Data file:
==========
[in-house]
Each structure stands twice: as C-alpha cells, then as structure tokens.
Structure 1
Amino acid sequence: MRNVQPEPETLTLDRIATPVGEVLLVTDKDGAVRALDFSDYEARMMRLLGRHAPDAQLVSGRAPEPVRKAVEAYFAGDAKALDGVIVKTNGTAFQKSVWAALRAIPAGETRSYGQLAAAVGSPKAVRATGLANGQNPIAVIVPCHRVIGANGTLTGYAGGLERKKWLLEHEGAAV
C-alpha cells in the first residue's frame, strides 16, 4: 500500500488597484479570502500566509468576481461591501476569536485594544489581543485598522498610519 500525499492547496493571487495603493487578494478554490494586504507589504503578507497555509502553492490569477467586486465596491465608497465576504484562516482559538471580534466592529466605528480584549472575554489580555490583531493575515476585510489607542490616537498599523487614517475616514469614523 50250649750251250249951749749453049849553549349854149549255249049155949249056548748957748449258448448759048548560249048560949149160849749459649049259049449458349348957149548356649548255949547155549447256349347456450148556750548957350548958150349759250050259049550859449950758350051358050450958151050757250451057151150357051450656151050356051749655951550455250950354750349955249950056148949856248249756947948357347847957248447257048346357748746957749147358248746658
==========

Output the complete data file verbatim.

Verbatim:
[in-house]
Each structure stands twice: as C-alpha cells, then as structure tokens.
Structure 1
Amino acid sequence: MRNVQPEPETLTLDRIATPVGEVLLVTDKDGAVRALDFSDYEARMMRLLGRHAPDAQLVSGRAPEPVRKAVEAYFAGDAKALDGVIVKTNGTAFQKSVWAALRAIPAGETRSYGQLAAAVGSPKAVRATGLANGQNPIAVIVPCHRVIGANGTLTGYAGGLERKKWLLEHEGAAV
C-alpha cells in the first residue's frame, strides 16, 4: 500500500488597484479570502500566509468576481461591501476569536485594544489581543485598522498610519 500525499492547496493571487495603493487578494478554490494586504507589504503578507497555509502553492490569477467586486465596491465608497465576504484562516482559538471580534466592529466605528480584549472575554489580555490583531493575515476585510489607542490616537498599523487614517475616514469614523 50250649750251250249951749749453049849553549349854149549255249049155949249056548748957748449258448448759048548560249048560949149160849749459649049259049449458349348957149548356649548255949547155549447256349347456450148556750548957350548958150349759250050259049550859449950758350051358050450958151050757250451057151150357051450656151050356051749655951550455250950354750349955249950056148949856248249756947948357347847957248447257048346357748746957749147358248746658